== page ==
Cherry Creek School District goes green
The Aurora Sentinel
Aurora, CO Colorado
AURORA, Colorado – The concept is almost elementary: if you’re looking to learn something about green building techniques, what better place to start than school?
That’s what the Cherry Creek School District is saying about its approach to earning an Energy Star certification for all its schools.
“We are going to have all of our buildings go through that application program,” said Scott Siegfried, assistant superintendent for the district. “We want that to be a big part of how we identify and communicate with our community, that this is something that we take seriously.”
Three buildings – Dakota Valley, Holly Hills and Holly Ridge elementary schools – have earned the mark.
According to Siegfried it’s a distinction all the schools will strive to achieve in the future. Siegfried talked about how the district is implementing alternative energy technologies during a Board of Education meeting last month.
From sugarcane lunch trays to recyclable carpet, the district is taking several steps to save energy at its schools – including cooling a new elementary school with ice.
The school, under construction in southeast Aurora, will make ice during the evening and use it to cool the school during the day.
“It’s just a way to make the energy you need overnight so you can use it during the day and not pull energy off the grid during the day when its at its peak demand,” Siegfried said. “It’s just a way to save some energy and to make our buildings run a little more efficiently.”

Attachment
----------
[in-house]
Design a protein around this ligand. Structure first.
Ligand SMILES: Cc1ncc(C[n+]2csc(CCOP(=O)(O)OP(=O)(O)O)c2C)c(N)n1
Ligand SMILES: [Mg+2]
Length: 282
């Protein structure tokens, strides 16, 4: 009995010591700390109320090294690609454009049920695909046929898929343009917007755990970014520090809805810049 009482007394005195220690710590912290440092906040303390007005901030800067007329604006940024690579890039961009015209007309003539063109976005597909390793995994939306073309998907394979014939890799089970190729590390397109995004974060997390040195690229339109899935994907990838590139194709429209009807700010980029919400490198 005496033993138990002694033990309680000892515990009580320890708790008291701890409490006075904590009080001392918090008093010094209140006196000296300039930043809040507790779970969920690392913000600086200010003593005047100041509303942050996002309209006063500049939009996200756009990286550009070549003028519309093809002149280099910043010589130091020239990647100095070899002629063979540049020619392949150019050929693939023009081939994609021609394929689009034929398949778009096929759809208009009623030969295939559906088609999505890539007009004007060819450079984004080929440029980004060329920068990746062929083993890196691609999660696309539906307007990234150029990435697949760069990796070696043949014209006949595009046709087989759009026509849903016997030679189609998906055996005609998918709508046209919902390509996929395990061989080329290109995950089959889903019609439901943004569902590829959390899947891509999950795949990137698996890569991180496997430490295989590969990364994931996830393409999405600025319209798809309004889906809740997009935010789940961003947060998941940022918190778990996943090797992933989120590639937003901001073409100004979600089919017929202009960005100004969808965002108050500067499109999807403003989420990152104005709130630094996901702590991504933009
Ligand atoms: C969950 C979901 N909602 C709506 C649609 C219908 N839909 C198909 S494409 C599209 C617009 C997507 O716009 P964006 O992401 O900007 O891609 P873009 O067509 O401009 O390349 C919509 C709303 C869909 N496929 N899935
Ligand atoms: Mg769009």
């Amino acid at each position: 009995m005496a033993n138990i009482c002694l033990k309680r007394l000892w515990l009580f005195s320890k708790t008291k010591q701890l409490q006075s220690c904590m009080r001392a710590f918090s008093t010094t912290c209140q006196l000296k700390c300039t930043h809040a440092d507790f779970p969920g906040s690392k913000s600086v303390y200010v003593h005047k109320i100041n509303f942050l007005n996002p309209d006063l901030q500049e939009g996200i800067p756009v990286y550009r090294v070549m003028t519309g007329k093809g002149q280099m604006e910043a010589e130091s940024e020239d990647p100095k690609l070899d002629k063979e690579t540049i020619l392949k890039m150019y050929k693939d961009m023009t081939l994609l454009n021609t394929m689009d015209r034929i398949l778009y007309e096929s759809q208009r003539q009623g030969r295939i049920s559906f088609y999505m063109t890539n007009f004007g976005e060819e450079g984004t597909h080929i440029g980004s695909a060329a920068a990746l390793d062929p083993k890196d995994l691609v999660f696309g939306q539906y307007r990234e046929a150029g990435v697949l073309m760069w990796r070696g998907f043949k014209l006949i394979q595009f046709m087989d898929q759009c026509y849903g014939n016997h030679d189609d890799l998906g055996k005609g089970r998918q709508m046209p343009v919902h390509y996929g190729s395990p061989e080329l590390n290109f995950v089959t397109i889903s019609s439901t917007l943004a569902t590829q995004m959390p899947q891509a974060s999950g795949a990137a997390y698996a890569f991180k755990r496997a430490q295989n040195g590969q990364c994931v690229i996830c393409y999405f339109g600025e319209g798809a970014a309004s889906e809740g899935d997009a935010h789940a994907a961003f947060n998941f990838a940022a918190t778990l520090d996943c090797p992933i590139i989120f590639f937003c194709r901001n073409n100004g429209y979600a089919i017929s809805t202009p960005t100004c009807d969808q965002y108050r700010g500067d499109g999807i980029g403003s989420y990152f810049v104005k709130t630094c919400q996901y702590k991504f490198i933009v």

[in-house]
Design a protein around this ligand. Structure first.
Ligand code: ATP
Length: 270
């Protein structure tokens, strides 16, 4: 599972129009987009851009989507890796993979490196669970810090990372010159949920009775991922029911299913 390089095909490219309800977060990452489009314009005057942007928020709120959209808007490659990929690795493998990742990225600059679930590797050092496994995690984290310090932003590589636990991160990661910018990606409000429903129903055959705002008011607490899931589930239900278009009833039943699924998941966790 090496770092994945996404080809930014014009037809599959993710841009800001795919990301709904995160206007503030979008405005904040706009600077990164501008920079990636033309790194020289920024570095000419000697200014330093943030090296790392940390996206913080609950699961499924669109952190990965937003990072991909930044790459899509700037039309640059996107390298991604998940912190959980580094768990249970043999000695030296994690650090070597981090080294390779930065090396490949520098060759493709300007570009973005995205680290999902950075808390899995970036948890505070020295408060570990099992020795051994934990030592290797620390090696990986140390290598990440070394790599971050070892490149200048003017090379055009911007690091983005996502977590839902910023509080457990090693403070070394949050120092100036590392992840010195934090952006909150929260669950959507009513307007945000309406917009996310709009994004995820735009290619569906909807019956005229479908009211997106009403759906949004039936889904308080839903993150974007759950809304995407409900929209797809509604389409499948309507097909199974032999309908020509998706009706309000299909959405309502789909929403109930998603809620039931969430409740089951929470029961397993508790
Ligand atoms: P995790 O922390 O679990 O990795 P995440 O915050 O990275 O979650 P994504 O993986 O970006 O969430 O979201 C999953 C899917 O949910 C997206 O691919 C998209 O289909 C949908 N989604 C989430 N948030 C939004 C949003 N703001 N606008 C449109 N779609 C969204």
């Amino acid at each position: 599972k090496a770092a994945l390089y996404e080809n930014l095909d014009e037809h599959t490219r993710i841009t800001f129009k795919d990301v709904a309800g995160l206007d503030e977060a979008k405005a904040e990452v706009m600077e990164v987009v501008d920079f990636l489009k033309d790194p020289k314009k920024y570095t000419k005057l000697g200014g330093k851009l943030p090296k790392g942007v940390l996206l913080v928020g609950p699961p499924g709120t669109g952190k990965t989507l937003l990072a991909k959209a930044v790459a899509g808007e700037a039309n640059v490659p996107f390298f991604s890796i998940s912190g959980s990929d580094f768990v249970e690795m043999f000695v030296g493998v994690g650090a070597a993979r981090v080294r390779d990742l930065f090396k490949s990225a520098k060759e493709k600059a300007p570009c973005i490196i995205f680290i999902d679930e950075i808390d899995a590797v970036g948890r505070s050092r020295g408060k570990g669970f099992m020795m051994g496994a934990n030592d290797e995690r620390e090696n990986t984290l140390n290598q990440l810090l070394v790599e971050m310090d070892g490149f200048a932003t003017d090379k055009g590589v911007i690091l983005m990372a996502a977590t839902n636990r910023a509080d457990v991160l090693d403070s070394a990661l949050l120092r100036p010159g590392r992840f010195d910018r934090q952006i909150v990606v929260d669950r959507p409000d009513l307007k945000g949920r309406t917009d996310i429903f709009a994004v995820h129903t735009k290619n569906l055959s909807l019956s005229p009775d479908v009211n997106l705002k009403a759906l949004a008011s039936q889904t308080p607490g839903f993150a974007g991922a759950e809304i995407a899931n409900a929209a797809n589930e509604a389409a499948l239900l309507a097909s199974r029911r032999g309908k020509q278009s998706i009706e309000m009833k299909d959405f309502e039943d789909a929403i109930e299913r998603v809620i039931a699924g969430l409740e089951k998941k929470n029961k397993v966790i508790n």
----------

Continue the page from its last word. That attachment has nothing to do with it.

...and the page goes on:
Siegfried said the approach would only be used at four-track, year-round schools on the east end of the district.
Several other schools are using other means to help save money during the summer months.
The district is working to coat the roof of its schools with a white membrane that will help the buildings stay cool. Additionally, several schools have buried HVAC systems that Mike Langlett, executive director of auxiliary support, said would more efficiently cool the buildings.
“If we’re pulling our air from an area airwell that’s underground or below, we’re dealing with a different temperature, we’re not going to be pulling the heat off the top of the roof, and then you have to condition that when you bring it inside,” Langlett said.
Siegfried highlighted several methods for the board, including seeding the unused playground spaces with more water resistant Colorado native grasses rather than using Kentucky bluegrass and recycling asphalt and concrete in parking lot overlays.
Siegfried said programs like asphalt recycling have saved the district thousands of dollars.
Last year the district recycled 1,480,000 pounds of concrete and 9,000 tons of aggregate used asphalt.
“That’s what we look at in these programs, is what’s the cost benefit?” he said. “We don’t want to run out and jump on the newest technology that isn’t proven or doesn’t have a reasonable payback.”
In fact, Langlett said several schools built after 1995 already use technology that help those buildings stay energy efficient.
The more expensive projects in the district include the pilot programs that use solar technology.
A new elementary school in the southeast corner of Aurora will use photovoltaic cells to power the window shades, and Smoky Hill High School’s indoor swimming pool will be heated by solar energy.
Although Siegfried said the payback on both projects is long, he said the devices would serve as a proving ground for future expansion within the district.
“We want to look at the company and the actual device on the schools to see how it interacts with the mechanical systems we have and how useful it becomes for us,” he said.
On the Net:
Cherry Creek School District: http://www.ccsd.k12.co.us/Schools/
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